The first step in ATP production occurs in the cytoplasm, and is a process called glycolysis
Glycolysis breaks glucose down into two molecules of... pyruvate
Inside the mitochondrial matrix, a CO2 molecule is removed from pyruvate, which then enters this cycle Citric acid cycle, or Krebs cycle
What are the byproducts of Krebs cycle? carbon, oxygen, and hydrogen. The carbon and oxygen diffuse out of the cell in the form of Carbon Dioxide, the hydrogen ultimately bonds to Oxygen
Why is the prodeuction of ATP considered aerobic metabolism, or cellular respiration? Because oxygen is required
How is the 5% of energy NOT created by mitochondria produced? Enzymatic reactions in the cytoplasm
Largest and most conspicuous structure in the cell Nucleus
The two layers of the nuclear membrane are separated by a narrow... perinuclear space
Transient nuclear organelles that synthesize ribosomal RNA Nucleoli
What are nucleoli composed of? RNA, enzymes, and histones
What types of cells would you find the most nucleoli? Those that manufacture large amounts of proteins, such as the liver, nerve, and muscle cells.
What determines the information available to the cell at any moment? Interaction between the DNA and the histones
DNA strands wound loosely around a histone form a tangle of filaments called... Chromatin
DNA strands coiled tightly around histones form distinct structures called... Chromosomes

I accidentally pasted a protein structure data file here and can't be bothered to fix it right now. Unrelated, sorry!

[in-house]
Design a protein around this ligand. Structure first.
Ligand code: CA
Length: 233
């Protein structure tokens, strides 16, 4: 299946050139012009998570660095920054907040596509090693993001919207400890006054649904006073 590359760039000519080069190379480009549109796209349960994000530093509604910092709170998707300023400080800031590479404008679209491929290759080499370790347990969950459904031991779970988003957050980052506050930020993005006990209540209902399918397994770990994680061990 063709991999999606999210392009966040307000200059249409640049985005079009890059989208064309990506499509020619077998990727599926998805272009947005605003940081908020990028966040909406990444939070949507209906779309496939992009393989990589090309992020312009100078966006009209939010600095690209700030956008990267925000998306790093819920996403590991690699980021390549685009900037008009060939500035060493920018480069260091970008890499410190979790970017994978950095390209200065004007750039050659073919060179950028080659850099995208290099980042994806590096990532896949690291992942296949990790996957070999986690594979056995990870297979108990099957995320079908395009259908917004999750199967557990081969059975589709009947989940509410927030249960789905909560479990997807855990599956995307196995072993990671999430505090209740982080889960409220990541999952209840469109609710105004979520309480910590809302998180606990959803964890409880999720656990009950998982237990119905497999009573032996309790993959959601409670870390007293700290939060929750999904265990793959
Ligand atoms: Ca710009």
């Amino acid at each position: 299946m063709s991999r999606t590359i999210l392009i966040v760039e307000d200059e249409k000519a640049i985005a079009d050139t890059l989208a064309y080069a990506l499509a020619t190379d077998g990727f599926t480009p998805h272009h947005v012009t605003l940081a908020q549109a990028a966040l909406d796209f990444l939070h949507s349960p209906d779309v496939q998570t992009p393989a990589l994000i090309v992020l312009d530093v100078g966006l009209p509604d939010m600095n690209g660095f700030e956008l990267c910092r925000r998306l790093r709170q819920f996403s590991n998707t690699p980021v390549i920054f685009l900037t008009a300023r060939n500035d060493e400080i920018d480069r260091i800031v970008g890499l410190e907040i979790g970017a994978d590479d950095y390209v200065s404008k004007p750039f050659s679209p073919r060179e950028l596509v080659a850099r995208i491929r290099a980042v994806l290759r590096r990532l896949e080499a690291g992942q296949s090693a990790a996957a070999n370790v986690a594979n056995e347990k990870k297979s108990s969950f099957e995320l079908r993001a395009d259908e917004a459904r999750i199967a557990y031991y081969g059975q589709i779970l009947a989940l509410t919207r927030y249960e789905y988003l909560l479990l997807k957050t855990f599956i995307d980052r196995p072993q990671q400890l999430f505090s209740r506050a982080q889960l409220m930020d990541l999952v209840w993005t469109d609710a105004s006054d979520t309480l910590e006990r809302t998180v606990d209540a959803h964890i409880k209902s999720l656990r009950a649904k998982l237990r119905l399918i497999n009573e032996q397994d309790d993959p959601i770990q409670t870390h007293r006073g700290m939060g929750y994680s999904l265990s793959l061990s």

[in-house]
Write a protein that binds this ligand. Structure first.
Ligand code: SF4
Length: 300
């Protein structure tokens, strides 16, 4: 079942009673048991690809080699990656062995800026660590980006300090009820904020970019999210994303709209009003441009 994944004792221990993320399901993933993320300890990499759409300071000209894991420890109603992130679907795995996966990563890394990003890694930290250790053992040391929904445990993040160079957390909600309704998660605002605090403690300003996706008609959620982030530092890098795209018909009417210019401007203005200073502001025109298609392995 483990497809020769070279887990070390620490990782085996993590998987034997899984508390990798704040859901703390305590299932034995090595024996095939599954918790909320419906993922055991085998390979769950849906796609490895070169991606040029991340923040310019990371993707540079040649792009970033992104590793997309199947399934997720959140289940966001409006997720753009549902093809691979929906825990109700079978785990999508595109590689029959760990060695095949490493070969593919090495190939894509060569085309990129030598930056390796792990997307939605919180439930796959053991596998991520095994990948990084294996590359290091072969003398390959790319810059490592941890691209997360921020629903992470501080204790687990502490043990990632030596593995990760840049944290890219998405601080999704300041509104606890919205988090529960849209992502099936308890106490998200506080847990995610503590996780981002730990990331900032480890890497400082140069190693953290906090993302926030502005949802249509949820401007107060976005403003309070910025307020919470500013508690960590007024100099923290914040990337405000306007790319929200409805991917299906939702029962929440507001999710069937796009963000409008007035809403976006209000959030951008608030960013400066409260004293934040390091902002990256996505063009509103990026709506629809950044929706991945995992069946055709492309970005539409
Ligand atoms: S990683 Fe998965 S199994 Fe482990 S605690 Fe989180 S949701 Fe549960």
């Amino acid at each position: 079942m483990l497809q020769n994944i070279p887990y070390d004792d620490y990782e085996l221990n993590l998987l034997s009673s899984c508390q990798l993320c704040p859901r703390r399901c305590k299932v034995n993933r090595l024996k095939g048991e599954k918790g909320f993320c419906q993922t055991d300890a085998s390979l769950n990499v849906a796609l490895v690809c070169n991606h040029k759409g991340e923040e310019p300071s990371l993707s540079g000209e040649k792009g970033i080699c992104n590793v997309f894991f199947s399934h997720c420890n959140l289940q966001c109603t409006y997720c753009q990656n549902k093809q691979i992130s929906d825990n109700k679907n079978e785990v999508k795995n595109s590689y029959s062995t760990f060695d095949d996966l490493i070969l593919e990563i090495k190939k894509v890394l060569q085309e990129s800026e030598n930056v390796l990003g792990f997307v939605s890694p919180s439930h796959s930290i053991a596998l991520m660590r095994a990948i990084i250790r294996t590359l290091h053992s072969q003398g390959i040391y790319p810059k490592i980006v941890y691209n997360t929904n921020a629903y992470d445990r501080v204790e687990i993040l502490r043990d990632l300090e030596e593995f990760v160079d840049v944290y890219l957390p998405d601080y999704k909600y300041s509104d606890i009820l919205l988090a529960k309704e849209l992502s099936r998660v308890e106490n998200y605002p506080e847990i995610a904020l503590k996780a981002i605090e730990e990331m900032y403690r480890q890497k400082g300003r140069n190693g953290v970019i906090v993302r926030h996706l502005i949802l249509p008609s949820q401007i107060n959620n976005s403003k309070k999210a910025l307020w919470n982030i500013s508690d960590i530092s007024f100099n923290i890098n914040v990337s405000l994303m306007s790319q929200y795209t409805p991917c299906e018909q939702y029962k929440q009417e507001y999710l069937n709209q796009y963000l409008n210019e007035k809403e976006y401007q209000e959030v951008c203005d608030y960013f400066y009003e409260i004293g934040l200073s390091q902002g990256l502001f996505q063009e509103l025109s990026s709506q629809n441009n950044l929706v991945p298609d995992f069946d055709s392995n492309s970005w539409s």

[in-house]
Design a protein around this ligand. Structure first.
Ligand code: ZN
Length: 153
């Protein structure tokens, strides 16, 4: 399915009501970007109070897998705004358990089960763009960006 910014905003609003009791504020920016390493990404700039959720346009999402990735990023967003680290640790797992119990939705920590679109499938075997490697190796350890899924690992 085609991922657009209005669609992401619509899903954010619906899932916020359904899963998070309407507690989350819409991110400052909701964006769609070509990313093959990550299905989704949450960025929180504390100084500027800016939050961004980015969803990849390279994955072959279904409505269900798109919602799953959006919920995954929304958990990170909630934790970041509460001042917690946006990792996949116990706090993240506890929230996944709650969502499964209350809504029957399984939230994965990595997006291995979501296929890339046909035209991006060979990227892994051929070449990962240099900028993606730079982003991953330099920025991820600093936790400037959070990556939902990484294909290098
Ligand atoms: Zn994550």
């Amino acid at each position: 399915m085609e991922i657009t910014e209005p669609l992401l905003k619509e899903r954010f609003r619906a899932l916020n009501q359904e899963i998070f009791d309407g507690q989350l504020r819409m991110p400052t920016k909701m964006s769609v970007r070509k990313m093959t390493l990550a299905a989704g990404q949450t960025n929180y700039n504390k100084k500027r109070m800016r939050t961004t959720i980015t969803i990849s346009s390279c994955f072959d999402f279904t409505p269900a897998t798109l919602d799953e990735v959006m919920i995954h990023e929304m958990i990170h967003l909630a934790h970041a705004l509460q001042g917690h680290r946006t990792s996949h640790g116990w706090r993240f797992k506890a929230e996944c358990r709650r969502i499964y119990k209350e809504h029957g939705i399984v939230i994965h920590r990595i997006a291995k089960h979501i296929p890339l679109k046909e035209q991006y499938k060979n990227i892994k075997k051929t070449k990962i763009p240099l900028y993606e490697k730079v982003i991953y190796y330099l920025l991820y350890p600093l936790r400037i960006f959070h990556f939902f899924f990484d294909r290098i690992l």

Name the chemical language the cell uses to build proteins and inherited information genetic code
The genetic code has this title because a sequence of three nitrogenous bases specifies the identity of a single amino acid Triplet code
The functional unit of heredity Gene
Factors controlling gene activation Gene must uncoil, histones must be removed
Name the gene that has the signal "read me", "don't read me" or "start" Promoter
Each gene ends with what signal? STOP codon
What starts gene activation? Complementary strands separate and histone is removed
The first start of transcription (RNA synthesis) involves the promoter gene binding with this enzyme RNA polymerase
What do we call a three-base mRNA sequence that contain nitrogenous bases complementary to the template strand Codon
Each gene has some nonfunctional triplets that need to be removed from the pre-mRNA. Name the parts that are removed and the parts kept. Remove introns, keep exons and splice them together
The formation of a linear chain of amino acids using the information provided by an mRNA strand translation
what is the function of transfer RNA (tRNA) Bind to and deliver a specific type of amino acid
What is the numerical relationship between nitrogenous bases and amino acids? One amino acid has 3 nitrogenous bases, or 3 nucleotides
Gene activation or diactivation is triggered by changes in the... surrounding cytoplasm